In Iran the first actions taken to identify Sensitive Sea Areas started in 1994. However, at that time I.M.O. was just on the point of completing its studies of Sensitive Sea Areas, Iran continued to conduct its own research based on information that was known at that time, i.e., identification of those areas based on the prevention of extinction of mangrove jungles, coral reefs, spawning habitats of sea mammals and turtles, marine and aquatic birds hatching grounds, fish procreation beds, etc.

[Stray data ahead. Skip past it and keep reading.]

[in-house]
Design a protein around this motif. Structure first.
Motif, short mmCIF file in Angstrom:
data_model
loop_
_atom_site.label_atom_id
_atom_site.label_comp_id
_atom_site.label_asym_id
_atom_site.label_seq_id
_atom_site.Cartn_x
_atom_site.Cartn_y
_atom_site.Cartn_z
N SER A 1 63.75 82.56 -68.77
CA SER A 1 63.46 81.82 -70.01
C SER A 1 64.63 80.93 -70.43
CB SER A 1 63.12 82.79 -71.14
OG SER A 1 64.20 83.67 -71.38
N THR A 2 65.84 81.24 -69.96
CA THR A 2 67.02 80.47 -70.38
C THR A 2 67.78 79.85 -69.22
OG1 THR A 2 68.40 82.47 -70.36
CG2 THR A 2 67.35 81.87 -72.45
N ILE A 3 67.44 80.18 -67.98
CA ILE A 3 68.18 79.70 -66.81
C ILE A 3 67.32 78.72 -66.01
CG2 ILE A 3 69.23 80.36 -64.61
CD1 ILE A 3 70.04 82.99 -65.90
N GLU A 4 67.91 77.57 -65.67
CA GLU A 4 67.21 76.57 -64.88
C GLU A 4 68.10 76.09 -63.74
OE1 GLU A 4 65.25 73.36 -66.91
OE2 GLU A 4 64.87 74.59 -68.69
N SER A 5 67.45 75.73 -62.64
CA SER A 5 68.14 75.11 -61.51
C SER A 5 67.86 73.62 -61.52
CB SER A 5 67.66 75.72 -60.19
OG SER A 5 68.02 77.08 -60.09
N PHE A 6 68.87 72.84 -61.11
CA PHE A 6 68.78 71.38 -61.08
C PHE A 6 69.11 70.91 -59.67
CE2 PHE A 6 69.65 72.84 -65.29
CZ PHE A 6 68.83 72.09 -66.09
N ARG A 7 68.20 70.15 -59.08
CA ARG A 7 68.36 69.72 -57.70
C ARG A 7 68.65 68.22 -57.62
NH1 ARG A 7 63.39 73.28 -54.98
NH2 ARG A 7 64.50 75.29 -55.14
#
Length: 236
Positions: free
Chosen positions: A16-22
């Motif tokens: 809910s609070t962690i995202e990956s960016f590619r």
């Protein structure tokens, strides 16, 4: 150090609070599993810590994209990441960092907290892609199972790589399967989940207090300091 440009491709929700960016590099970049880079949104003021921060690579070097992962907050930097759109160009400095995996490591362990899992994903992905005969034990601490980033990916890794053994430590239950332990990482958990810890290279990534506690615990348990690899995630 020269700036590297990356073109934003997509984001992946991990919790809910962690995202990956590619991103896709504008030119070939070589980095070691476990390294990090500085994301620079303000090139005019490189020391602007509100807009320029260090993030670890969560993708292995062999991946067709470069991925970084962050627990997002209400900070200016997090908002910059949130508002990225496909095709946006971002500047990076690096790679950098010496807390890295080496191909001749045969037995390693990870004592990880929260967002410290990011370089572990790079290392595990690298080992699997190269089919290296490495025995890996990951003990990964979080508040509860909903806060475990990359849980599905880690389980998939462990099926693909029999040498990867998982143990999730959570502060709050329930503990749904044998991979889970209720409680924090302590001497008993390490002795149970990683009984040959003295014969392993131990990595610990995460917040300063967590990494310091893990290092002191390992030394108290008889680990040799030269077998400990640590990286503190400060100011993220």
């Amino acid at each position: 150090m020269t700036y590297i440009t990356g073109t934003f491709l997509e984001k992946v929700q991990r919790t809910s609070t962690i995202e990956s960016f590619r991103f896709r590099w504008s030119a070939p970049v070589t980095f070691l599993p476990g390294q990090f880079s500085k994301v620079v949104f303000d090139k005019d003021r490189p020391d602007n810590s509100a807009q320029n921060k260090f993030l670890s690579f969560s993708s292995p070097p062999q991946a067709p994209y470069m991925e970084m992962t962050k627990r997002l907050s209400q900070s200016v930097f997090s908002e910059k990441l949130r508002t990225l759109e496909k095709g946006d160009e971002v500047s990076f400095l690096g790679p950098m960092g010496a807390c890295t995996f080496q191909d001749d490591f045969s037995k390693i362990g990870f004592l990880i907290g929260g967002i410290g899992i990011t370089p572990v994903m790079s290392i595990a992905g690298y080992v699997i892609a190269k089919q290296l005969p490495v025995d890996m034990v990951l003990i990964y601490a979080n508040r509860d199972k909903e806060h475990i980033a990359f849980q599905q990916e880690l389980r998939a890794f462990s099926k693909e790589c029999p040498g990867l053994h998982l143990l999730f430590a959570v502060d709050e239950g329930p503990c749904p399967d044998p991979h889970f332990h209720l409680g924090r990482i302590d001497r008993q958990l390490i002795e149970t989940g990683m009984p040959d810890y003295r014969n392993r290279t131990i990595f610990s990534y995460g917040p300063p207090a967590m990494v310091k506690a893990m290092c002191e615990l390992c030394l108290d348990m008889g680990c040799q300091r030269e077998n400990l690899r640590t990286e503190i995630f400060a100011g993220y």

The standard methods to study or research “sensitive” or “vulnerable” areas and or to identify areas “under protection” are based on qualitative or quantitative criteria. Amongst these, we can point to IMO / MEPCs 2001 criteria in reference to Special Sensitive Sea Areas ; NOAA 2001 criteria of oil polluting of Sensitive Sea Areas; I.U.C.N’s criteria to identify sea areas in need of protection (1999); criteria used to designate the list of regions and wetland areas registered by the Ramsar Convention (Davis, 1994); criteria for determining centers of habitat (Norse, 1993); evaluating factors of ecological power for determining of protective functions (Makhdoom, 2000); criteria to identify and determine natural and national causes (Majnoonian, 1991); the Ramsar Convention criteria for identification of important international wetlands (the 4th Conference of the Ramsar Convention’s member countries, 1990); regulations governing regions where hunting is forbidden (Majnoonian, 1990) ; criteria to choose important areas for birds (Evans, 1994 Grimmett, 1989); criteria to determine areas to be protected based on evaluation of habitats, living creatures and criteria of wetlands importance according to environmental changes (Kiaby&Associates1987 / 2000); Salm and Clark criteria (Salm & Clark, 1984) Salm and Price criteria (Salm & Price, 1995) for selecting protected coast and sea areas ; criteria for selection of sensitive sea areas (Wait,1984) ; factors for determining reserved habitats’ factors to determine area’s boundaries (I.U.C.N., 1980); criteria of determining area’s boundaries (I.U.C.N. / W.C.M.C., 1976 & 86) and criteria for choosing national marina parks (Ray,1970). Needless to say, it is obvious, that criteria suggested by different global organizations can only be considered in a general manner and they cannot be considered as standards for all countries.